Using “I”: The First Person in Academic Writing
Students often arrive at college with strict writing rules in mind. Unfortunately, overly strict rules about writing can prevent us, as writers, from being flexible enough to adapt to the writing styles of different fields. So, when it suits your purpose, you will probably need to break some of the old rules, such as the rule that prohibit first person pronouns (i.e. “I” or “we”) in academic writing. This handout will discuss the first person’s uses and provide you with tips on when you should consider using it.
Benefits of the First Person:
In some situations, first-person writing can improve your writing in the following ways:
- Assertiveness: In some cases, you might wish to emphasize agency (who is doing what): for instance, you may need to point out how valuable your particular project is to the field, or to claim your unique perspective or argument.
- Clarity: Because trying to avoid the first person can lead to awkward constructions, passive voice, and vagueness, using the first person can improve and clarify your writing style.
- Positioning Yourself: In some projects, you must explain how your research or ideas build on or depart from the work of others, in which case you will need to say “I,” “we,” “my,” or “our.”
Potential Problems with Using the First Person:
- Irrelevance: Use of “I” or “we” often indicates personal material, and an excessive reliance on personal material can result in writing that focuses more on the writer than the subject at hand.
- Not Enough Sources: An overemphasis on personal opinions may result from a lack of scholarly sources that could support more empirical conclusions.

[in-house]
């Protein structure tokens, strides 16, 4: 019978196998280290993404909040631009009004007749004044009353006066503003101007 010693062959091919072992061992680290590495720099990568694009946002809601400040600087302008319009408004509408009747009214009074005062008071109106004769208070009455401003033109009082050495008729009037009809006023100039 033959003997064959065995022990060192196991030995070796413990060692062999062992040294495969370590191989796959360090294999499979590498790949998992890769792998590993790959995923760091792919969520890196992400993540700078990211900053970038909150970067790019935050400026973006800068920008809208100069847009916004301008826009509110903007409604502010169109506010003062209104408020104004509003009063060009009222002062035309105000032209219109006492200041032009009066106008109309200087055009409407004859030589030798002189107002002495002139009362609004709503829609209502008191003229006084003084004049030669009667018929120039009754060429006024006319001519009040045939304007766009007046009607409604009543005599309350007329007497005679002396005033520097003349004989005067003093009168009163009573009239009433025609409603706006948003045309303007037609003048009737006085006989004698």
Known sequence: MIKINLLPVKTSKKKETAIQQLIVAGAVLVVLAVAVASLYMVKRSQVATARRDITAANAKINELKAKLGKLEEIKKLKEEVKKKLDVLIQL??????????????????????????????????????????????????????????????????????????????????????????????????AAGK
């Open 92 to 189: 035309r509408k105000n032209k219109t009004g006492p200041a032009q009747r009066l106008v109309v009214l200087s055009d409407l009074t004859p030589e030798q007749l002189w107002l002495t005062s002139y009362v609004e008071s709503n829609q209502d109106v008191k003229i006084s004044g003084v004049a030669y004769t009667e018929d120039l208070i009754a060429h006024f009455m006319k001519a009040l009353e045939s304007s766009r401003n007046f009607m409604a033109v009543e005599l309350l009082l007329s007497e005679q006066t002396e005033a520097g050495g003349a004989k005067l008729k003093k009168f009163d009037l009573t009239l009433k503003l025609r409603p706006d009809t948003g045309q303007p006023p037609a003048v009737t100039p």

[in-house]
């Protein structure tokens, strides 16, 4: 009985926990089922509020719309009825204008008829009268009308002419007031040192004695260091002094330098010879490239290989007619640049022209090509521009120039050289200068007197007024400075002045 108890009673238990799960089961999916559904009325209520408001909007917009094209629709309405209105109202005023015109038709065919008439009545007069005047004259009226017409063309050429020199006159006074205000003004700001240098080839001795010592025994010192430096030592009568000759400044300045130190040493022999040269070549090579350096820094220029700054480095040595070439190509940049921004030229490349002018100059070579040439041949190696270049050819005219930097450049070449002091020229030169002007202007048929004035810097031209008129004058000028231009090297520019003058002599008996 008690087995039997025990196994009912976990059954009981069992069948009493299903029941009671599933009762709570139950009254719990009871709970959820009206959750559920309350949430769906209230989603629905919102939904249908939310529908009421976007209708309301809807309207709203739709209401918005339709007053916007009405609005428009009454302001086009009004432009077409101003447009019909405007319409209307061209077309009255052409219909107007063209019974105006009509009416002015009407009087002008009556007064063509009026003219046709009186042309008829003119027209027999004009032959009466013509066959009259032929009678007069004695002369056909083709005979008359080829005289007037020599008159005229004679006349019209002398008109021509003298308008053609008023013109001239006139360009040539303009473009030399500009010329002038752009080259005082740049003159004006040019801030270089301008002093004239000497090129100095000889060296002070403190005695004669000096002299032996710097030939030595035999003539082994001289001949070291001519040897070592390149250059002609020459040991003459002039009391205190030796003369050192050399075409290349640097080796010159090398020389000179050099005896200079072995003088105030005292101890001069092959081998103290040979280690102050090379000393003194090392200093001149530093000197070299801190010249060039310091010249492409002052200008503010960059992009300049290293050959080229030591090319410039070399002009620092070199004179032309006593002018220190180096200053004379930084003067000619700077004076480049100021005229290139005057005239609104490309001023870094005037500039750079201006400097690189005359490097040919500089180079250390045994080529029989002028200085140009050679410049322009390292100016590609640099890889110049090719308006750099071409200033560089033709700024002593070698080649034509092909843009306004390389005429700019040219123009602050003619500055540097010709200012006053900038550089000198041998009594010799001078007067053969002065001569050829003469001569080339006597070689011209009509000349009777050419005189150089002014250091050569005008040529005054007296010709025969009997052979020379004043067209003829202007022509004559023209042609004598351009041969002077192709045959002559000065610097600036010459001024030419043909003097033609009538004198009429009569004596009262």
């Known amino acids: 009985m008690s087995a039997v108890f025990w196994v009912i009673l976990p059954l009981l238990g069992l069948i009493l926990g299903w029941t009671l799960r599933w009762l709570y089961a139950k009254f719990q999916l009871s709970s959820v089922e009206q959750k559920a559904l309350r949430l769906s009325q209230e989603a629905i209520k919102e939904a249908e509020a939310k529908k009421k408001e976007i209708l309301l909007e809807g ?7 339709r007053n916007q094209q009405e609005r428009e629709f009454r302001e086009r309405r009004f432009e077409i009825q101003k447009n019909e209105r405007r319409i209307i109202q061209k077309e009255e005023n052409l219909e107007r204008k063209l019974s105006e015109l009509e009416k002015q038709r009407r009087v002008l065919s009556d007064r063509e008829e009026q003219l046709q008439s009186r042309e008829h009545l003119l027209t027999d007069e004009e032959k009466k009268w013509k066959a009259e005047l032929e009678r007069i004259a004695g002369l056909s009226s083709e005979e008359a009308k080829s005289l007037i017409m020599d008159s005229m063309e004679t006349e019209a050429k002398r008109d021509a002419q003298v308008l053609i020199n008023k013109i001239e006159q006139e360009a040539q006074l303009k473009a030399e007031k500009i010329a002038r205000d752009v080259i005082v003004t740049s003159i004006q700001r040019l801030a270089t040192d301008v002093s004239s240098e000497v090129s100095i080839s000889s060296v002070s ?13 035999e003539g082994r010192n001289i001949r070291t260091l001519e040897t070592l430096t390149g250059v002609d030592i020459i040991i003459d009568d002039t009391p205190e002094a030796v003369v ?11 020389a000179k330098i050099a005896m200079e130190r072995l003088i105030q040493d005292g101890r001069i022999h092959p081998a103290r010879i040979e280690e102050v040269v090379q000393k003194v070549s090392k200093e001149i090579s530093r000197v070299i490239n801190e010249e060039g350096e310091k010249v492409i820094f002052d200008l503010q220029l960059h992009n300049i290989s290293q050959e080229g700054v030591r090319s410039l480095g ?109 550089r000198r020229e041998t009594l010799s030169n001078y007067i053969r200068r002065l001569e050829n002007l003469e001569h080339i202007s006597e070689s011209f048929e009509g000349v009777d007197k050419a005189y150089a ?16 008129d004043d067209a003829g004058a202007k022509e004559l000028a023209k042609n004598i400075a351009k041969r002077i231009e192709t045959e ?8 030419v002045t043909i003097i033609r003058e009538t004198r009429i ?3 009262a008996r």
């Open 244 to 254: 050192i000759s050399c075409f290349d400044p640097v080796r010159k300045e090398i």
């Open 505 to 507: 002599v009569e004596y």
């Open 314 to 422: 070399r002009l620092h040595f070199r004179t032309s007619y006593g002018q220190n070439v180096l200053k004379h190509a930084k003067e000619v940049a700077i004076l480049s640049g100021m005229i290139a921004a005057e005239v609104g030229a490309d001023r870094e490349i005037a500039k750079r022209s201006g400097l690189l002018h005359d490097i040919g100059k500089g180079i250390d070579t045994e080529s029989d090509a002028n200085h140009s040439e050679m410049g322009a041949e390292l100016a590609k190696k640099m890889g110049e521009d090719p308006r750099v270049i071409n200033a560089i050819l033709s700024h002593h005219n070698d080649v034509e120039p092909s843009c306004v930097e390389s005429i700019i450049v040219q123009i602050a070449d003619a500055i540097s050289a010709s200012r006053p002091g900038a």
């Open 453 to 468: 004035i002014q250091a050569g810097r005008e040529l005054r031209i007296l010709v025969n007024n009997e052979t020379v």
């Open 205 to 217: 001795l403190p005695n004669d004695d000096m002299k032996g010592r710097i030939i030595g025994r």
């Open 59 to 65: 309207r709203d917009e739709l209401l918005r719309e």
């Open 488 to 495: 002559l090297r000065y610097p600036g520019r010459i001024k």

- Narcissism: An extensive focus on personal material may read as narcissistic self-absorption or a lack of academic rigor rather than an honest statement of one’s investment in the subject.
General Usage of the First Person:
- “I” or “we” is used most often in introductions; in articulating a paper’s argument; in conclusions to communicate what you learned through your analysis; and in methods sections to state what methodology you used.
- It is typically unnecessary to write “I believe that” because the reader knows that the paper is written from your perspective. Any uncited material is automatically attributed to you.
- In multi-authored papers, “we” refers to the authors, not to a communal “we.”
- To learn more about first person usage in your specific discipline (see below), pay attention to how it is used in published writing and ask your professors for their expectations.
Disciplinary Usage of the First Person:
While it is best to check with your instructor about using “I,” here are some basic guidelines:
- In the past, scientific writers have avoided the use of “I” because scientists often view the first person as interfering with the impression of objectivity they seek to create. But conventions are changing, and first person is being used more commonly—for instance, when an author is describing a project they are working on or positioning that project within existing research.
- Some social scientists avoid “I” for the same reasons that other scientists do. But first person is becoming more commonly accepted, especially when the author is describing their project or perspective.
- The purpose of writing in the humanities is generally to offer your own analysis of language, ideas, or a work of art. Writers in these fields tend to value assertiveness and to emphasize agency (who’s doing what), so the first person is often—but not always—appropriate.
Other Writing Situations:
- The first person is less common in technical writing. As an engineering professor once noted, “It’s not about you [the authors], it’s about the science.”
- If you are writing a speech, use of the first and even the second person (“you”) is generally encouraged because these personal pronouns can create a connection between speaker and listener and can contribute to the sense that the speaker is sincere and involved in the issue.
- If you are writing a resume, strenuously avoid the first person; describe your experience, education, and skills without using a personal pronoun.